A homeotic maxillary to mandibular transformation in humans resulting from loss of selective ligand affinity of the endothelin receptor type A. C. Gordon1, M. Oufadem1, Y. Kurihara2, A. Picard3, S. Breton4, S. Pierrot3, M.-A. Delrue5, M. Biosse-Duplan1, M. Guion-Almeida6, P. Moura6, D. Garib7, D. Weaver8, A. Munnich1,9, P. Corvol10, H. Kurihara2, R. Zechi-Ceide6, S. Lyonnet1,9, J. Amiel1,9 1) Université Paris Descartes, INSERM U-781, Paris, France; 2) Department of Physiological Chemistry and Metabolism, Graduate School of Medicine, The University of Tokyo, Tokyo, Japan; 3) Service dORL Pediatrique, Hôpital Necker-Enfants Malades, Paris, France; 4) Service dImagerie Pédiatrique, Hôpital Necker-Enfants Malades, Paris, France; 5) Unité de génétique médicale, CHU Bordeaux, Bordeaux, France; 6) Department of Clinical Genetics, Hospital for Rehabilitation of Craniofacial Anomalies, University of São Paulo (HRCA-USP), Bauru, SP, Brazil; 7) Department of Orthodontics, Bauru Dental School, University of São Paulo, Bauru, São Paulo, Brazil; 8) Department of Medical and Molecular Genetics, Indiana University School of Medicine, Indianapolis, Indiana; 9) Département de Génétique, Hôpital Necker-Enfants Malades, Paris, France; 10) INSERM U833, Collège de France, Paris, France.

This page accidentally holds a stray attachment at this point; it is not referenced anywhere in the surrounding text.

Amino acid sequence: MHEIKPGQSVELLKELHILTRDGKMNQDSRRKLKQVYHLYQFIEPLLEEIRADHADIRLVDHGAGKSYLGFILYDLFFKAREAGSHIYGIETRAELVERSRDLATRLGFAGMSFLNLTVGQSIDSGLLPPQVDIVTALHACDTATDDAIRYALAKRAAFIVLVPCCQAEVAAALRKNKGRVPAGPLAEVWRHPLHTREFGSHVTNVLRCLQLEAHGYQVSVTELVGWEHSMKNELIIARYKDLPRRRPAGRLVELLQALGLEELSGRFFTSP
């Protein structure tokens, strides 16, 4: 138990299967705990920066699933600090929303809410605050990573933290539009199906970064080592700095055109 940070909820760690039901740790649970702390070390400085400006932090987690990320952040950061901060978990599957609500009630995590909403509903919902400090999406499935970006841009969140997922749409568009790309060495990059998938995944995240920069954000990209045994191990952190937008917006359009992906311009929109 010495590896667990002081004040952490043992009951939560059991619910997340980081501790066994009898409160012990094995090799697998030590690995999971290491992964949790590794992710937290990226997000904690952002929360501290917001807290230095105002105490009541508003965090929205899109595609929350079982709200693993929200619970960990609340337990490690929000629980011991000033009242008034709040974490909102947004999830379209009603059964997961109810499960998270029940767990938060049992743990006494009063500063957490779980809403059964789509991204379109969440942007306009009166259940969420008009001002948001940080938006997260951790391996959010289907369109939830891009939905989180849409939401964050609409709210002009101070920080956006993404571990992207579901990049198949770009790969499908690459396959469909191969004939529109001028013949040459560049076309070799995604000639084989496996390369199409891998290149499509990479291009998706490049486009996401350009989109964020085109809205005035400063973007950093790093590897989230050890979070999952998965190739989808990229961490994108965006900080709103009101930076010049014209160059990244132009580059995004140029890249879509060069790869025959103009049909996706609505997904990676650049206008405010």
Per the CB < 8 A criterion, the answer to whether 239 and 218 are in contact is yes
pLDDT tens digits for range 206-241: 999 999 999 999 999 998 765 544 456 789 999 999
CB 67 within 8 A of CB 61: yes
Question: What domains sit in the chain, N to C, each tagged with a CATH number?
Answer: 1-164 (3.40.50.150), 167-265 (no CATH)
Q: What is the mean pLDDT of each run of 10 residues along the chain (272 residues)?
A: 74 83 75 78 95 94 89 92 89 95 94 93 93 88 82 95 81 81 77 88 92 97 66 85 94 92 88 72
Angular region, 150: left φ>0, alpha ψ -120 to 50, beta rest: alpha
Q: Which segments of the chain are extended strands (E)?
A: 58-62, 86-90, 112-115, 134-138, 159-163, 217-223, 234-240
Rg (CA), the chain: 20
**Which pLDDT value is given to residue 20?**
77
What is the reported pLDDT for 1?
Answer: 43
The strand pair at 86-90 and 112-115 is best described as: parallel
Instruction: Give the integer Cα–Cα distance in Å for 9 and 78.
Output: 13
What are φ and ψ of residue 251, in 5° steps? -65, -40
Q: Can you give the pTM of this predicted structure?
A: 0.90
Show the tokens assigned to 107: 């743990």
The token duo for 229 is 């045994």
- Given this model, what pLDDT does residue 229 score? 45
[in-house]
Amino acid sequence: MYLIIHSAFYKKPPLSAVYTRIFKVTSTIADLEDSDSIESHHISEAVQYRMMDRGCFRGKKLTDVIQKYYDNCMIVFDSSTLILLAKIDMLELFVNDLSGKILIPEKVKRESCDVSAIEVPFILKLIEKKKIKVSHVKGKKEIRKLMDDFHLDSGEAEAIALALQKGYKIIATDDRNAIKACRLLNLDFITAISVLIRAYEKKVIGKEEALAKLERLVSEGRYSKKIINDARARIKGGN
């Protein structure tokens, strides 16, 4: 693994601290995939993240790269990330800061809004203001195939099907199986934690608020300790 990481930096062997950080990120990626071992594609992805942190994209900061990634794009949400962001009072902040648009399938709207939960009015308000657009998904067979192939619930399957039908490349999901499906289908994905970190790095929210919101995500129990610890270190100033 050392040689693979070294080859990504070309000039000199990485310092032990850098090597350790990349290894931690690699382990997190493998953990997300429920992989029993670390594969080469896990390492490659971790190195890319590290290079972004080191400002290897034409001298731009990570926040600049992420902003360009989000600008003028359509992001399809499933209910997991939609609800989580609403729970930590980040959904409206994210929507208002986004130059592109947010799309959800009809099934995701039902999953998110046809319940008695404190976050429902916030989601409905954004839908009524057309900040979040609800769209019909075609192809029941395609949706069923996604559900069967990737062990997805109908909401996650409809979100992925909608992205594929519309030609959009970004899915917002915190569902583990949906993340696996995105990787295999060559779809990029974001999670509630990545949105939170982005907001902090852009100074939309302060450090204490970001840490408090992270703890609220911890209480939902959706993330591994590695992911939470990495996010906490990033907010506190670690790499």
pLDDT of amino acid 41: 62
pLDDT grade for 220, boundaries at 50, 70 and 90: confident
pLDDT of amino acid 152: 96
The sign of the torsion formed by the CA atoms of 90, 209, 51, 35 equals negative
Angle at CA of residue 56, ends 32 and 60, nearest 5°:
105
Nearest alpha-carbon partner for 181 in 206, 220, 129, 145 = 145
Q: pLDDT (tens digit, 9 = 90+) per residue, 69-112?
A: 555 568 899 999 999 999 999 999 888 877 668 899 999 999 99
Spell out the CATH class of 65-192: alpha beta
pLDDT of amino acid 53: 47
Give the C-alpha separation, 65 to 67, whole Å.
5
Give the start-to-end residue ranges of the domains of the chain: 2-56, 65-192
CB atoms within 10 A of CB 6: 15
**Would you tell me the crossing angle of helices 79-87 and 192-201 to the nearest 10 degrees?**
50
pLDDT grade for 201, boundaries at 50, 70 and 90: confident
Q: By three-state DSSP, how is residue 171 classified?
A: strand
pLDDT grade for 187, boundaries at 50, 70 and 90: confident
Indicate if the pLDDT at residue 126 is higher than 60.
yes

A homeotic transformation is a fascinating genetic error of development first described in Drosophila. In humans, Auriculocondylar syndrome (OMIM 602483 and 614669) is thought to result from the homeotic transformation of the mandible into a maxilla. We present two unrelated and sporadic cases with a severe and syndromic form of mandibulofacial dysostosis (MFD) featuring malformation of the eyelids and alopecia. Craniofacial 3D CT scans of both patients showed a striking symmetry between the abnormal mandible and maxilla, suggestive of a mirror image version of mandibular structures in the upper jaw. The endothelin core system (i.e. ligands plus receptors) is a vertebrate-specific innovation implicated in the development of several neural crest cell (NCC)-derived tissues, and in mammals is comprised of three ligands and two receptors belonging to the G protein-coupled seven transmembrane domain receptor family. Endothelin receptor type A (Ednra) displays selective affinity for endothelin 1 (Edn1) relative to Edn2 and Edn3, and Edn1/Ednra signalling plays a critical role in specification of mandibular identity in post-migratory NCCs. Edn1 expression is restricted to the mandibular prominence and Ednra is expressed throughout the first pharyngeal arch. The phenotype of the two patients we report was considered similar to a mutant mouse in which the Edn1 cDNA is knocked-in to the Ednra locus, leading to their coexpression and resulting in a maxillary to mandibular transformation. EDNRA was thus considered as a candidate disease-causing gene for the syndromic MFD of the two patients. Sanger sequencing identified the same de novo, heterozygous missense mutation in EDNRA in both patients. In in vitro assays, the mutation increases affinity for EDN3 approximately 100 fold, while not affecting the affinity for EDN1. Expression analysis of Edn3 during mouse craniofacial development revealed strong expression in the epithelium of the caudal surface of the maxillary prominence, but not in the mandibular prominence, at E11.5. Whether the increase in affinity for EDN3 leads to increased levels of EDNRA signalling is unclear at present, but is consistent with a model in which the normal expression of EDN3 in the maxillary prominence would lead to a maxillary-to-mandibular transformation via overactivation of mutant EDNRA. These findings confirm the importance of selective EDN1-EDNRA affinity in human jaw development and gnathostome evolution.

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